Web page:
router.xml file provides configuration for the
router component, which is the backbone of the Jabberd server. The
router component accepts connections from other components, and it passes
XML packets between them. The
router.xml file contains these
As readers are probably aware, the Jabberd XML files are self-documenting. This and subsequent configuration sections attempt merely to provide an overview of the structure of these files in addition to tips not found in the files themselves.
The first three subsections of
router.xml handle basic
housekeeping items. For nearly all installations, the
section should be kept as default (
pid section specifies where the router component
should write its process ID. If you do not need to be able to read the
process ID from outside of Jabberd, you may comment this section out. For
example, if you were to use D.J. Bernstein's DaemonTools to run Jabberd,
you would comment the
Jabberd logging defaults to the
syslog. If you prefer the
router to write to its own log file, change the
file, and specify a location for the log.
local subsection handles network and connection settings
for the router. The
specify the network settings.
0.0.0.0Specifies All Available IP's
0.0.0.0specifies that the component should listen on all available IP addresses.
0.0.0.0is the default setting for IP addresses, and keeping this default setting should be fine for most installations.
users tag specifies the file containing user ID's and
passwords for users that can access the router. See the next
section for a description of this file.
secret tags specify a shared secret for legacy services.
Legacy services are authenticated via this shared secret, as opposed to
being authenticated against the user list in the
router-users.xml file. This secret is tantamount to
the shared secret specified for Jabberd 1.4 linked configuration files. See
Section 5.8 and 5.9 for information on
setting up legacy services.
pemfile location specifies the location of the certificate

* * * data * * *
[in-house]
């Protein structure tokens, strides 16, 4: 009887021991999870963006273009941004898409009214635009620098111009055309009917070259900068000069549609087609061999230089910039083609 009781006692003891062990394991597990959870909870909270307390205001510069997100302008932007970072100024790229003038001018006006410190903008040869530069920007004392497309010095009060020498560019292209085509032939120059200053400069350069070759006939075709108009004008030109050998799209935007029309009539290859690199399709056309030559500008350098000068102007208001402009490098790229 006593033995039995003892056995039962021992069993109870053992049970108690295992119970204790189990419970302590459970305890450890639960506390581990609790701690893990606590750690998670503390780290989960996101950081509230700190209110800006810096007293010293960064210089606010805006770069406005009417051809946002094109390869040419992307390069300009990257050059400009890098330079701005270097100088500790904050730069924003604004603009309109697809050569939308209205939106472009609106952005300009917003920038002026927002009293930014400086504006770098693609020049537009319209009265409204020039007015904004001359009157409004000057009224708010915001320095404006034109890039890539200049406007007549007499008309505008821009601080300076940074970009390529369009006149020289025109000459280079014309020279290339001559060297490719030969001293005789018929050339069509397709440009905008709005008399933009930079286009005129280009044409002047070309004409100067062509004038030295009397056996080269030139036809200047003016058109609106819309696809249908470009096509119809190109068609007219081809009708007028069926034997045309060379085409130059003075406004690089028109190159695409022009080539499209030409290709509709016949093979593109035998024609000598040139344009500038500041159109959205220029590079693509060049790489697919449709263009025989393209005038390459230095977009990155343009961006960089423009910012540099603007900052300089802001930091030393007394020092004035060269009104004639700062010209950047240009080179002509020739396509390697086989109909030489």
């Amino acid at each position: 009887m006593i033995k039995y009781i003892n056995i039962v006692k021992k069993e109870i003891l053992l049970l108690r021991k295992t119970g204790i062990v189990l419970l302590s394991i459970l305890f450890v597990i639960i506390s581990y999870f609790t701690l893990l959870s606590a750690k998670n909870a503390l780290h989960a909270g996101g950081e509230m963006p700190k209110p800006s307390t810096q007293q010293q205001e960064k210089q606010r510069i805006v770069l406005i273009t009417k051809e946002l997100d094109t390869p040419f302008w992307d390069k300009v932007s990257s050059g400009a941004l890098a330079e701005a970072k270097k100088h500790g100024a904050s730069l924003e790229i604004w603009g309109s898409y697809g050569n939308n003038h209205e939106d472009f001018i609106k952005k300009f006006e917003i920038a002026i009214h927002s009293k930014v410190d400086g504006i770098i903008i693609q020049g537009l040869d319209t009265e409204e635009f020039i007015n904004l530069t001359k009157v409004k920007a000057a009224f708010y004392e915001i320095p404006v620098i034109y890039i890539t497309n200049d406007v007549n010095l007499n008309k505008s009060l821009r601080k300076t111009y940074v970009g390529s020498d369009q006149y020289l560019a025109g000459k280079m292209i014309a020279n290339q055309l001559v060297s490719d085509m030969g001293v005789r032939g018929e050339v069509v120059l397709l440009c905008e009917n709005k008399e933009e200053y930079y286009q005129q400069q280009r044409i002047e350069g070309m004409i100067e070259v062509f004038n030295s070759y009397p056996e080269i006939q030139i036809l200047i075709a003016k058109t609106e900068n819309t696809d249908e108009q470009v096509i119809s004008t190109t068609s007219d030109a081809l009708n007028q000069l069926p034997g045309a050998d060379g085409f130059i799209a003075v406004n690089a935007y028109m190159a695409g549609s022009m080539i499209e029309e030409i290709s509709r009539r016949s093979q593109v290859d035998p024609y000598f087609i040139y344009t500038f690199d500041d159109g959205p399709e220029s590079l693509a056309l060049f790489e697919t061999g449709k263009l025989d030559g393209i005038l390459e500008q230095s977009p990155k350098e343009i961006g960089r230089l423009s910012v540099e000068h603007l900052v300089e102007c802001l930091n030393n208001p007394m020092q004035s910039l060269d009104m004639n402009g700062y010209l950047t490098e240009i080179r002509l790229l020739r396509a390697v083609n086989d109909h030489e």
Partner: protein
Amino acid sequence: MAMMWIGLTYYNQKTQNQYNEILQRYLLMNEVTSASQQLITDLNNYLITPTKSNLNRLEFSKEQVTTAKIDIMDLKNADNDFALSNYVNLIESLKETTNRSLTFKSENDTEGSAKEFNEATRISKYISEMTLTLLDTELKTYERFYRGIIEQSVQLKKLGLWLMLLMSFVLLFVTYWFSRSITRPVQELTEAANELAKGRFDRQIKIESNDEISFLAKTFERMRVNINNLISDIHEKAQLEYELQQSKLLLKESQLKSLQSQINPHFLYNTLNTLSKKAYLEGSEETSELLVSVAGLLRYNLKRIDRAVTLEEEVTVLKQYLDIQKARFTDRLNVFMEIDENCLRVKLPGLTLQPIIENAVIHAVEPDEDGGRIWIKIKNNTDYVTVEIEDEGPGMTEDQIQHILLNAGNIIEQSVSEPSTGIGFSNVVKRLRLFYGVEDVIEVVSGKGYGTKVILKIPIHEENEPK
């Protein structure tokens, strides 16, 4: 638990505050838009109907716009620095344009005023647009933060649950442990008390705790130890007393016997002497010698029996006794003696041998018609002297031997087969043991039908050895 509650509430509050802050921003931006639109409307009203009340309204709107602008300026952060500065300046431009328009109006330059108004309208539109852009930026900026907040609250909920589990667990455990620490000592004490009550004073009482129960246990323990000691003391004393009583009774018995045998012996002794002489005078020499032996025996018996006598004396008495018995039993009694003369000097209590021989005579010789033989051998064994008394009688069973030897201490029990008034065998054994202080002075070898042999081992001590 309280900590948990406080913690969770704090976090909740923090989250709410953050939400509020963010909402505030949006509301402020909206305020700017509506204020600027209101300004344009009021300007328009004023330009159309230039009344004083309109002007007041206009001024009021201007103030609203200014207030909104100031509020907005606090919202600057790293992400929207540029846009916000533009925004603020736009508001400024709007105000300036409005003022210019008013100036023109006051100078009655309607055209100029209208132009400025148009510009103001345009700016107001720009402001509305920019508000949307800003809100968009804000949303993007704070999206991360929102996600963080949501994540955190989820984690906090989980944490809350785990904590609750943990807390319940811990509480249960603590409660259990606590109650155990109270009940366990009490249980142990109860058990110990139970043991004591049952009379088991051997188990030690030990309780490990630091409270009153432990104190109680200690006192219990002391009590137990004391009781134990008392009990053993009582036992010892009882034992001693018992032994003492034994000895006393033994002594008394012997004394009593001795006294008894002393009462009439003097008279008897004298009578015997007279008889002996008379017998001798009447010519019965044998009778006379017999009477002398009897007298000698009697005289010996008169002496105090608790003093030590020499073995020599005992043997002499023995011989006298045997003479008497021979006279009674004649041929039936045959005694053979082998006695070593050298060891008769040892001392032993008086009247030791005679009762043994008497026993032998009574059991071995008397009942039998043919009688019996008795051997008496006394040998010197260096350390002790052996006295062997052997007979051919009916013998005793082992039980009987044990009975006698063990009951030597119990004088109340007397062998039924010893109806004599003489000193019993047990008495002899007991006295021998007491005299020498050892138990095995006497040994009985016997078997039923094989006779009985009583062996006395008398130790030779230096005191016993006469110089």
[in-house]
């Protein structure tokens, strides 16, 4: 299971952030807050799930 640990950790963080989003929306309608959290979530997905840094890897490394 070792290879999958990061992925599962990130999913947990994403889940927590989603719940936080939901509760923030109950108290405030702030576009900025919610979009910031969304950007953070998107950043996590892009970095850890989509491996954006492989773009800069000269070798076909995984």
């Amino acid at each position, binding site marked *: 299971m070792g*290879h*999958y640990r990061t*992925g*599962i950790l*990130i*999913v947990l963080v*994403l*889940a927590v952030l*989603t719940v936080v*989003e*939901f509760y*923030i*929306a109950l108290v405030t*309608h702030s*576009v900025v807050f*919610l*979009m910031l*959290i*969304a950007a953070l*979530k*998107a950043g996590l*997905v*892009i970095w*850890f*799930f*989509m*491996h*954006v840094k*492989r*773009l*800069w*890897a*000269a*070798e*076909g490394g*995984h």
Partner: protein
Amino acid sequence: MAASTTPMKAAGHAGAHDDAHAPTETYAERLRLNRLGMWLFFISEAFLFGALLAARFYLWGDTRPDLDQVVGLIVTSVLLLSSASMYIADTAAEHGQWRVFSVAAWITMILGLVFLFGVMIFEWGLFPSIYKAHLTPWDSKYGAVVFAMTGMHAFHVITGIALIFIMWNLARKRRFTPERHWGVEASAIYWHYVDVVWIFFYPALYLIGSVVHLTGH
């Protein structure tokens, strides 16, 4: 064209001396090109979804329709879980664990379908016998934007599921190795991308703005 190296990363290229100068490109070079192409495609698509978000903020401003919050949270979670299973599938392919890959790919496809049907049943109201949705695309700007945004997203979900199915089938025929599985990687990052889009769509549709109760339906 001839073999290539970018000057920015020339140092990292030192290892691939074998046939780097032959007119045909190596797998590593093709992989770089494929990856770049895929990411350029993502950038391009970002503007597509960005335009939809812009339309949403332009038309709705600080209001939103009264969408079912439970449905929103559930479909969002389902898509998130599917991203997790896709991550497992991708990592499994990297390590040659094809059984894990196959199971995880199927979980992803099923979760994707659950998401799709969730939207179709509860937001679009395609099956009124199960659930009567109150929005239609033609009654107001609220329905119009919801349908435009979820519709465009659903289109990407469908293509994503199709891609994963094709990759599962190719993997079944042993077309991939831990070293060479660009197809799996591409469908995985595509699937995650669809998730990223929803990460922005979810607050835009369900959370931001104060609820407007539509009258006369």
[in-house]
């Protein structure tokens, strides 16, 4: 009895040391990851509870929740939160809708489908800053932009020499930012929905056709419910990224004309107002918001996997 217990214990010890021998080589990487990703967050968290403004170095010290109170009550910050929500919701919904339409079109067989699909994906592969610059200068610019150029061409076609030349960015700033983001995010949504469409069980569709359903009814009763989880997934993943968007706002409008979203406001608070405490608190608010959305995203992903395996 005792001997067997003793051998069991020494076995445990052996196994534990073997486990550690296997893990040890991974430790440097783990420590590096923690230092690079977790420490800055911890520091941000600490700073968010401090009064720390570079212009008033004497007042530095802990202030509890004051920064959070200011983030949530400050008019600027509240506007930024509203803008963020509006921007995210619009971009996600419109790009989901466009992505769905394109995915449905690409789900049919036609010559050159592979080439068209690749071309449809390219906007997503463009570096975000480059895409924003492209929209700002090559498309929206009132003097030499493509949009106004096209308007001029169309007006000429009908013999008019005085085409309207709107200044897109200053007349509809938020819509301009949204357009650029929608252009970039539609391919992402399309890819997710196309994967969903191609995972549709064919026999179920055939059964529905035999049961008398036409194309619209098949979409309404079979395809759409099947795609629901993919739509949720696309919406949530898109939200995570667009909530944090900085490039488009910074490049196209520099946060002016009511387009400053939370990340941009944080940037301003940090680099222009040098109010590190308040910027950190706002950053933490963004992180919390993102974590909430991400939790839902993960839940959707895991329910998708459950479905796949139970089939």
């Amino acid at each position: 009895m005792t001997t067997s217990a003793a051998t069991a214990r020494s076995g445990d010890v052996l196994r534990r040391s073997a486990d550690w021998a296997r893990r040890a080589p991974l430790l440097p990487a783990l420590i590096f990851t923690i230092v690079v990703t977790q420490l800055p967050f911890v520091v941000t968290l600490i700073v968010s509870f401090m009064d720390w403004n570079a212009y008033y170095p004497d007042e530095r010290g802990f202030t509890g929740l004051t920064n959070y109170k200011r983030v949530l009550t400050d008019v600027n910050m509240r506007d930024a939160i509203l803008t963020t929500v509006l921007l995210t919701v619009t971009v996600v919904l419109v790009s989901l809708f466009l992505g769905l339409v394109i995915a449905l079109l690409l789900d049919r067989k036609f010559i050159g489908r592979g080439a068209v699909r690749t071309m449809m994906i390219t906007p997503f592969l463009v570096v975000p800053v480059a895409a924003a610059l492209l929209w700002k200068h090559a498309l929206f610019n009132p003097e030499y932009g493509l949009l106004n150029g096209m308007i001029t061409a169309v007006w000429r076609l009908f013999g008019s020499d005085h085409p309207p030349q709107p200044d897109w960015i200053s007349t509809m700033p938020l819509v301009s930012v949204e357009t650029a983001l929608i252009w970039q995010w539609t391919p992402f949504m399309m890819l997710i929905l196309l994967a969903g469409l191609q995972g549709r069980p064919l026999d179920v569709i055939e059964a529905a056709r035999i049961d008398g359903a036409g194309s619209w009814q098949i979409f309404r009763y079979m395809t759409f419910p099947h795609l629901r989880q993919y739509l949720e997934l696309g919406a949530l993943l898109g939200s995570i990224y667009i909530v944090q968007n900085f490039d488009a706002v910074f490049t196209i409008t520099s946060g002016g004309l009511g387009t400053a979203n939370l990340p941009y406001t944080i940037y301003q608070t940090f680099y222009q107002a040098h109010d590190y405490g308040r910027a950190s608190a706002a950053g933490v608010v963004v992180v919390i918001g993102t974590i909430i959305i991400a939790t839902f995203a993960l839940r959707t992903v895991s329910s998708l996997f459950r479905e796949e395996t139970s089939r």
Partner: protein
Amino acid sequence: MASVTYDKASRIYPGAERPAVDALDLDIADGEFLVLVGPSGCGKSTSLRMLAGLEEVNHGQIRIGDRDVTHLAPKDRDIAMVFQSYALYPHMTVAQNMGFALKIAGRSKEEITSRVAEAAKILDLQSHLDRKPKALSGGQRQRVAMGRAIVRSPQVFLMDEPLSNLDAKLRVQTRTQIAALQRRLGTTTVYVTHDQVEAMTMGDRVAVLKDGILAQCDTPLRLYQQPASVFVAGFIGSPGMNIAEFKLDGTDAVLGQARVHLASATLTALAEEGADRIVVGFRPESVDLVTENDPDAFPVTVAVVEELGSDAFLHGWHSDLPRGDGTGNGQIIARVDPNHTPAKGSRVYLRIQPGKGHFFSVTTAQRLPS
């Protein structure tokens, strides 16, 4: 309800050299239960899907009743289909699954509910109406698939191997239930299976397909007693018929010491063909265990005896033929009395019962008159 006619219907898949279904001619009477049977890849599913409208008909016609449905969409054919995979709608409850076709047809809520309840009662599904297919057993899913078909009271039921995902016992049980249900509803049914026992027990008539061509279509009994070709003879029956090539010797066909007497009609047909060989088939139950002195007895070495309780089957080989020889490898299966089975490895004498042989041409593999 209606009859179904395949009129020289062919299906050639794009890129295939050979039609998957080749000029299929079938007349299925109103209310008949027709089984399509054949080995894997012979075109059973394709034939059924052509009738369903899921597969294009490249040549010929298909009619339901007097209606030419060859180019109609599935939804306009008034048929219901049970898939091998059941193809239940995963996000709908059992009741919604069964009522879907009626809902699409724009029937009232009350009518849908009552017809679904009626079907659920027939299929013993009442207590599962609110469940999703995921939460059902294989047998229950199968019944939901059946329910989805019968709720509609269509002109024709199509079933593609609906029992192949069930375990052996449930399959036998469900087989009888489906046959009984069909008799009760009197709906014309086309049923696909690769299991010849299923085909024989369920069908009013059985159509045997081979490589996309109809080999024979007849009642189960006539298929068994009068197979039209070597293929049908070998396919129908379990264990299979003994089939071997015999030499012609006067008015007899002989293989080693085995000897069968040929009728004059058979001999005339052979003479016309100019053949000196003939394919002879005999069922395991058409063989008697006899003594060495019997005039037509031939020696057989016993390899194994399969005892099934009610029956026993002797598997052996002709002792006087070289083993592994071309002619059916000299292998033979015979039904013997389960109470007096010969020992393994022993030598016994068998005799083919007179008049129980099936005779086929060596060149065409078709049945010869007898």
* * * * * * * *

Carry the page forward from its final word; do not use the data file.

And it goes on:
and private key for client communications. Note that in this instance,
client refers to clients of the router, and not end-user
Jabber clients. That is to say, the pemfile specified here is used
to secure communications between other Jabberd components and the
router itself. See Section 5.2
and Appendix: Generating A Self-Signed SSL
Key for more information about setting up SSL on Jabberd. Commenting
this section has the effect of disabling SSL communication between Jabberd
i/o section controls the following input/output options:
Note that the default settings for these subsections should be fine for most installations.
Jabberd sets a limit on the number of connections via the
max_fds (maximum file descriptors) setting. Jabberd uses a
file descriptor for each connection. Thus, setting a maximum number of file
descriptors for the router has the effect of limiting the number of
concurrent connections for the Jabberd server. As the
router.xml file notes, the router itself can use up
to 4 connections (with other Jabberd components); therefore, the maximum
number of file descriptors set here is actually slightly greater than the
number of potential concurrent connections.
limits subsection dictates throttling for individual
connections. This section is tantamount to a simplified karma
setup as found in Jabberd 1.4. The default for both
0. Thus, these limits are disabled by
default. Administrators of servers under heavy load may wish to set limits
here to prevent users from controlling excessive server resources. The
router.xml file contains examples for setting rate limiting on
access subsection specifies IP addresses that should be
allowed or denied access to the router. IP addresses denied access
to the router cannot have their packets handled and are thus
denied access to Jabberd server functions.
order subsection specifies the order of rule checking
(checking of allow rules then deny rules versus checking of deny rules then
allow rules). IP restrictions are set using either an
deny tag below the
order within the
access subsection. Omission of both a deny and allow rule
causes all connections to be accepted — as is the default setting.
aliases section provides support for linked legacy
services, such as MU Conference and JUD. These legacy services connect
directly to the router via linked configuration. Each
alias specifies the resolvable
name for the
component and the
target specifies the
as specified in the linked component XML file. See Section 6.5 for more information about linking legacy
aci section specifies the type of access for each user
router-users.xml. By default, the
jabberd user is granted all access because the other Jabberd
components connect to the router as the
Of special note in this section is the example of a user with the 'acl type
= 'log''. Such a user would be able to receive all packets that pass
through the router, and thus, all packets handled by the Jabberd server.
Although Jabberd does not have a facility for logging all packets, such a facility could be easily provided by specifying a user with 'acl = 'log'' permissions and creating a component that would connect to the router as this user. Such a component would then be able to log all Jabberd packets.
|© 2003 Will Kamishlian and Robert Norris|
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